So far, Iowa’s boats, with low betting limits and small capacities (Emerald Lady can comfortably accommodate only 700 passengers; President, 1,600), pose little threat to Las Vegas and Atlantic City. But as the new industry expands, it could change America’s recreation and travel patterns, drawing tourists and gamblers away from the tawdry glitz of traditional gambling towns. To prevent the seediness and crime that often accompany casino gambling, Iowa legislators have capped wagers at $5, and Fort Madison’s planning and zoning board is drafting a new ordinance to ban neon signs. “This is a family affair,” says Dick Canella, a member of the Iowa Racing and Gaming Commission.

But for how long? Though the paddle wheels have barely started churning, a riverboat race has begun. Illinois is trumpeting the enticements of unlimited wagering and dismissing its Iowa competition as penny-ante stuff for beginners. “The bettor is the loser when you have a limit,” says Illinois state senator Denny Jacobs. “There’s no way for him to win back his money in a four-hour cruise.”

The competitive hype points to a harsh reality: as surely as a flush beats a straight, some of the riverboat ventures are destined to fold. “I am concerned about saturation if every state gets it,” admits Bernard Goldstein, owner of Emerald Lady and Diamond Lady, which docks in Bettendorf, Iowa. Michael Jones, director of the Illinois state lottery through the mid-1980s, warns that the potential audience for the novelty cruises may be smaller than boosters imagine. For one thing, he notes, lottery players and higher-stakes gamblers are different animals. While lottery enthusiasts may sample riverboat gambling once or twice, they are unlikely to be repeat clients.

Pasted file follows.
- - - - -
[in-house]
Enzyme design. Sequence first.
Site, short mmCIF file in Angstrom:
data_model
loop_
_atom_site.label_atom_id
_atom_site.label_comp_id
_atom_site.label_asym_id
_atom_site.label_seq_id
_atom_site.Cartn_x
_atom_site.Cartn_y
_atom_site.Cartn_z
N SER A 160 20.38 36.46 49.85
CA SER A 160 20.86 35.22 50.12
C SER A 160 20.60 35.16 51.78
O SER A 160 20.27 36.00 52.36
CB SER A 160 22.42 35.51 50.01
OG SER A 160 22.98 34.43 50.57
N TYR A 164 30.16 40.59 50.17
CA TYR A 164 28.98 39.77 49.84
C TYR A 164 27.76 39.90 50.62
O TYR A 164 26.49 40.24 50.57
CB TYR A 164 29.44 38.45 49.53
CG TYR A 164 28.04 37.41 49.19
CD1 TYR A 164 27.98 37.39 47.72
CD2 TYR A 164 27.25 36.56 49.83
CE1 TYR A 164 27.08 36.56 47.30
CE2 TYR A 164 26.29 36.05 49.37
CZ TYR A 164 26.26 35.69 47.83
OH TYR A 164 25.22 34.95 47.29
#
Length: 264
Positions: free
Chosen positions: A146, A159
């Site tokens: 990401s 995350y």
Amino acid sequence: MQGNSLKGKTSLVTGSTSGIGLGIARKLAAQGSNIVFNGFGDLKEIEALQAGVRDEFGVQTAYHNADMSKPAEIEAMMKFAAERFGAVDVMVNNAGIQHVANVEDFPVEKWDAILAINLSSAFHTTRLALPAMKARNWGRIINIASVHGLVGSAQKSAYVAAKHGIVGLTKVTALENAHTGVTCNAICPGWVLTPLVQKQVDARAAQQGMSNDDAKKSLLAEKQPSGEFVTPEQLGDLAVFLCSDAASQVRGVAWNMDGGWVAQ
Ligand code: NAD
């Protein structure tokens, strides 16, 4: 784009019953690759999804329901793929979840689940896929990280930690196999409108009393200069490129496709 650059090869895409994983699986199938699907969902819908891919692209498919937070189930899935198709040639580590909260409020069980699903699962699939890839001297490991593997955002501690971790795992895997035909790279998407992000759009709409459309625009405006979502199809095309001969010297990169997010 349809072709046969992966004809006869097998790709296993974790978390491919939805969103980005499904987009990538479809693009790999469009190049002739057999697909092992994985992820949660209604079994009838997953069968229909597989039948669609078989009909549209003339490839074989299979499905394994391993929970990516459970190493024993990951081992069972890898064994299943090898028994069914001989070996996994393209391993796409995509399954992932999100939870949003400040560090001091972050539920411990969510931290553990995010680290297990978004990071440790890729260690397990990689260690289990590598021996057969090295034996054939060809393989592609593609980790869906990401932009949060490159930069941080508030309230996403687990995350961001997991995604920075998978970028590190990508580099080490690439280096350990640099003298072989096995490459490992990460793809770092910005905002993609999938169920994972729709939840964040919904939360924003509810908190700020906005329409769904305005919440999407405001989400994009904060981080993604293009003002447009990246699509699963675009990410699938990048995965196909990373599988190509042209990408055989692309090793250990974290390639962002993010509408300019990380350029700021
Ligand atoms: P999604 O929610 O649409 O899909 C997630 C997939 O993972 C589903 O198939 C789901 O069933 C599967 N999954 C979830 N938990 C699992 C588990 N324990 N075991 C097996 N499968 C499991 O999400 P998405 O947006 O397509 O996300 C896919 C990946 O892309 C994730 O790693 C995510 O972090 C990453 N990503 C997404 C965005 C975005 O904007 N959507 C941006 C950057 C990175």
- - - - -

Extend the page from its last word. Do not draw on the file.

Depressed towns like Fort Madison (pop. 11,200), the original home of the Sheaffer Pen Co., are nevertheless willing to gamble on their future. The town has already known its share of heartbreak. In 1976 lightning struck the local J.C. Penney outlet and burned it down; it was never rebuilt. Through the 1980s, the town’s largest employers — Sheaffer and Chevron — staged devastating layoffs. Although citizens liked to boast that Fort Madison was “a place where you can raise kids,” many drifted away; since 1987 the town’s tax base has dwindled 20%. To attract Goldstein and his $10 million Emerald Lady, Fort Madison floated a $2.2 million bond issue that financed a waterside pavilion, a walkway and parking lots. In return, city fathers expect annual revenues of as much as $300,000 — if the venture succeeds.

So far, so good. More than 500 workers — mostly waitresses, croupiers and maintenance staff — were employed for Emerald Lady’s launching, and Fort Madison has benefited from the 40% rise in tourist information requests statewide. Local officials trust that their investment will be covered by the ship’s dock fees, a 0.5% tax on gross gambling receipts and a 50 cents charge the town levies on each passenger. “The boat is breathing new life and enthusiasm into the town,” says Father Robert McAleer of St. Mary’s Roman Catholic Church. “There’s exuberance over something new.”